Long-Term Prospects

Product shipments for sports equipment in constant dollars are expected to grow 3 percent annually over the next 5 years. The long-term outlook for the sporting goods industry is largely dependent on the continuation of the fitness boom that began in the 1970’s. In that decade, many individuals of the baby boom generation, then in the 24-to-44 age bracket, began participating in sports. The leading sports activities for the decade were baseball, football, running, and tennis. These sports were competitive and strenuous. In the 1980’s, this fitness boom generation continued to participate in sports, choosing less competitive sports, however, like aerobics and swimming. In the 1990’s, improving and maintaining one’s health and fitness has been a primary goal. The recent growth of sports activities such as exercise walking, golf, and bowling suggests a continued desire for fitness, but at a slower pace. Exercise walking was the single most popular sports activity in 1991. Among the most popular sports activities of individuals over 55 years old are exercise walking, swimming, golf, bowling, fishing, camping, and exercising with equipment. Products related to these activities should make up the fastest growing segments of the entire sporting goods industry in the 1990’s.

The baby boom generation is also reaching the age when it has its highest disposable income. Baby boomers, with higher levels of disposable income, have been buying more high quality sports equipment. In addition, higher incomes have allowed individuals to participate in multiple sports. As a result, several manufacturers have begun developing products that promote cross training. This trend should benefit domestic manufacturers who tend to produce the new sports innovations and high quality products for the U.S. domestic market.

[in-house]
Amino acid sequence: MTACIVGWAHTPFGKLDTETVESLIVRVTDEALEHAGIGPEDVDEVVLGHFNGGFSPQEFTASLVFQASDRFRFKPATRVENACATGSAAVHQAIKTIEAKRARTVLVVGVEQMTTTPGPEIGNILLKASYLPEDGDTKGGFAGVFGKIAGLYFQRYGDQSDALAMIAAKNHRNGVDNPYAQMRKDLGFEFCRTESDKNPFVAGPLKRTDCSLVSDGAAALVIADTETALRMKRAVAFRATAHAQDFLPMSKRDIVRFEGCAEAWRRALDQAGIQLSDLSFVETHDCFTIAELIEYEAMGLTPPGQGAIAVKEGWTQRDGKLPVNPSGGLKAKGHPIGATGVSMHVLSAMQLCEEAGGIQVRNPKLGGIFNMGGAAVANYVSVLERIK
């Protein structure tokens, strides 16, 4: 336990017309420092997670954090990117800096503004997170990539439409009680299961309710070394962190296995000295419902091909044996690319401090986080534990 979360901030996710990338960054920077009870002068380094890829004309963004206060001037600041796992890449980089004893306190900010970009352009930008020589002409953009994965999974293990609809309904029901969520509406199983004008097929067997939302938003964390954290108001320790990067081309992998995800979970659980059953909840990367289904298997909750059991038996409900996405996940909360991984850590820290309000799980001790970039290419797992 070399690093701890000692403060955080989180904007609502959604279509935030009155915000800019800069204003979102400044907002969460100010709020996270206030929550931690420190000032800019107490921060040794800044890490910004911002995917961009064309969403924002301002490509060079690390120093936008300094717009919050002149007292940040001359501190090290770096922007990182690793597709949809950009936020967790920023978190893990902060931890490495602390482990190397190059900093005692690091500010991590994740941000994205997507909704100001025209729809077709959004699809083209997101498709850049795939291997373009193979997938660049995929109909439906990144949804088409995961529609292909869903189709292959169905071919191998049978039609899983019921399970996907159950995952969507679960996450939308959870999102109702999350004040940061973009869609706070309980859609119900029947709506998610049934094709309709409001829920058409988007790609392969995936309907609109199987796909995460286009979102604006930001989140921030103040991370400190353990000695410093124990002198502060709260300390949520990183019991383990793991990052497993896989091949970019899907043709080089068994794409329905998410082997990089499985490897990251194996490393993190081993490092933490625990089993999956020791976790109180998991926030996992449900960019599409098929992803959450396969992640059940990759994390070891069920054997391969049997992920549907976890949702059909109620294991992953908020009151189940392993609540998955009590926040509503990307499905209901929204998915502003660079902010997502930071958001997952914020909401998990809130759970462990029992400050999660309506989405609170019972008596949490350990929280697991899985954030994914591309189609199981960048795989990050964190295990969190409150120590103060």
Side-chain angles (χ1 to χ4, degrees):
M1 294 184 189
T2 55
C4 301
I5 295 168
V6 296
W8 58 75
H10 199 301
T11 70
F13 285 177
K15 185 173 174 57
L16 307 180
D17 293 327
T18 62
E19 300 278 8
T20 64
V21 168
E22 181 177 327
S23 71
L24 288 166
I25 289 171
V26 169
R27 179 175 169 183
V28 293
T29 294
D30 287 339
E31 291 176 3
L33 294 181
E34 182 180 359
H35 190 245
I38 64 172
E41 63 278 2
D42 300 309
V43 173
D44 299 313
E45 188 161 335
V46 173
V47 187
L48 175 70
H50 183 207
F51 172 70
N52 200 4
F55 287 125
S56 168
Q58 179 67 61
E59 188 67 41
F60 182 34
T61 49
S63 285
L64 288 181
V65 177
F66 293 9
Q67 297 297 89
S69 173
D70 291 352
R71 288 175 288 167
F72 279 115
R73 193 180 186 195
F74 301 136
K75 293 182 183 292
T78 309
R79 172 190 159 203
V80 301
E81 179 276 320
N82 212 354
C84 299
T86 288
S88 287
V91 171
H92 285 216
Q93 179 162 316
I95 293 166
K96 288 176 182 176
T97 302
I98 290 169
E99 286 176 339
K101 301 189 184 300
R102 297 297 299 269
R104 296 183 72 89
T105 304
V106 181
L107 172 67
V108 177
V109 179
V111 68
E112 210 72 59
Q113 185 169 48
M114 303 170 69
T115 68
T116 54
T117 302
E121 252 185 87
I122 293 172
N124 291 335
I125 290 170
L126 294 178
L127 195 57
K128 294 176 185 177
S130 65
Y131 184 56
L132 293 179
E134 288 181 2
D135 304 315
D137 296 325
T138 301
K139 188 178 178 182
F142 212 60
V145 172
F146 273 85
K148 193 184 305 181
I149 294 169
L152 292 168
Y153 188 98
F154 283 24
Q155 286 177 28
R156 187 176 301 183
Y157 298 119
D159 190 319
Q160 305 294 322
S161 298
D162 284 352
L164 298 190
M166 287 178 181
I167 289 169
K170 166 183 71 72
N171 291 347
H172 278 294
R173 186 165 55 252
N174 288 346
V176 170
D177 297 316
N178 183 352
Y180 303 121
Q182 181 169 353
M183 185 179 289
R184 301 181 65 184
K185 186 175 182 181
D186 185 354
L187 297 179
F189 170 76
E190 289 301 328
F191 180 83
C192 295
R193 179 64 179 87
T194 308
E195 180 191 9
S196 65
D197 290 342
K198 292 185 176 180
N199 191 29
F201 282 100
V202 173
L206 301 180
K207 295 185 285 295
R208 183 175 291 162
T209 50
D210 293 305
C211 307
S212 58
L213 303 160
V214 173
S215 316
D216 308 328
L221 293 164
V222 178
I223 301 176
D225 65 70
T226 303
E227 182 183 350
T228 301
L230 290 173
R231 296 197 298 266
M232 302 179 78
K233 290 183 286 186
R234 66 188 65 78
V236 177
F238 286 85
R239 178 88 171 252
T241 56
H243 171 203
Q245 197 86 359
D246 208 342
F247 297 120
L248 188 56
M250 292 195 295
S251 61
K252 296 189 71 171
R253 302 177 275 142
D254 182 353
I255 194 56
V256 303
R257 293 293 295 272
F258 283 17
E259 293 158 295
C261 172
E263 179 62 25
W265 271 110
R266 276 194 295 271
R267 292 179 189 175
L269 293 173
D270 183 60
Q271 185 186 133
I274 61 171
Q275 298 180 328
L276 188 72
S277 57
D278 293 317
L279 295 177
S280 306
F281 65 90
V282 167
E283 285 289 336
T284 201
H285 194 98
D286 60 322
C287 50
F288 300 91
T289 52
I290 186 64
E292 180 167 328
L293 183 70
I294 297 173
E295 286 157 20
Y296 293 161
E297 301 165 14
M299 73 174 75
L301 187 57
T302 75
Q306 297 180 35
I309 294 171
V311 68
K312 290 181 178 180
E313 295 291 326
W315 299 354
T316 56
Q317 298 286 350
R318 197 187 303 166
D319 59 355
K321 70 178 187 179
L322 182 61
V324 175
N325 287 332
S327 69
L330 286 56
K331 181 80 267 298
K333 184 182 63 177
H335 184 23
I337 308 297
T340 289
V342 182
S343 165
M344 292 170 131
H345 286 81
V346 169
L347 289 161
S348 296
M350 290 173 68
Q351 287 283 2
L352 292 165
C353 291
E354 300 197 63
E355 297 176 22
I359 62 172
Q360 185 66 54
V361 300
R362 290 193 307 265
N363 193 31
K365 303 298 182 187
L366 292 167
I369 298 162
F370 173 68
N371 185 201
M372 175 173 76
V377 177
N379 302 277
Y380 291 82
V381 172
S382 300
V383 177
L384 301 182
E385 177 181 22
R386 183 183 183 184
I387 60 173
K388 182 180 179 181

Consumers in many industrialized countries have discovered the benefits of exercising, leading to changes in the work environment to increase leisure time for the enjoyment of sports. These trends will lead to strong growth in sports equipment sales. The Japanese sporting goods market is expected to increase an estimated 4.9 percent annually over the next 10 years, according to Japan’s Leisure Development Center. Other major sports equipment markets such as Canada, the United Kingdom, and Germany are all expected to grow between 3-15 percent over the next 5 years. U.S. sporting goods brand names are well respected for quality and service in those countries. The US. share of their import markets is expected to increase at an even faster rate than the growth of the overall sports equipment markets.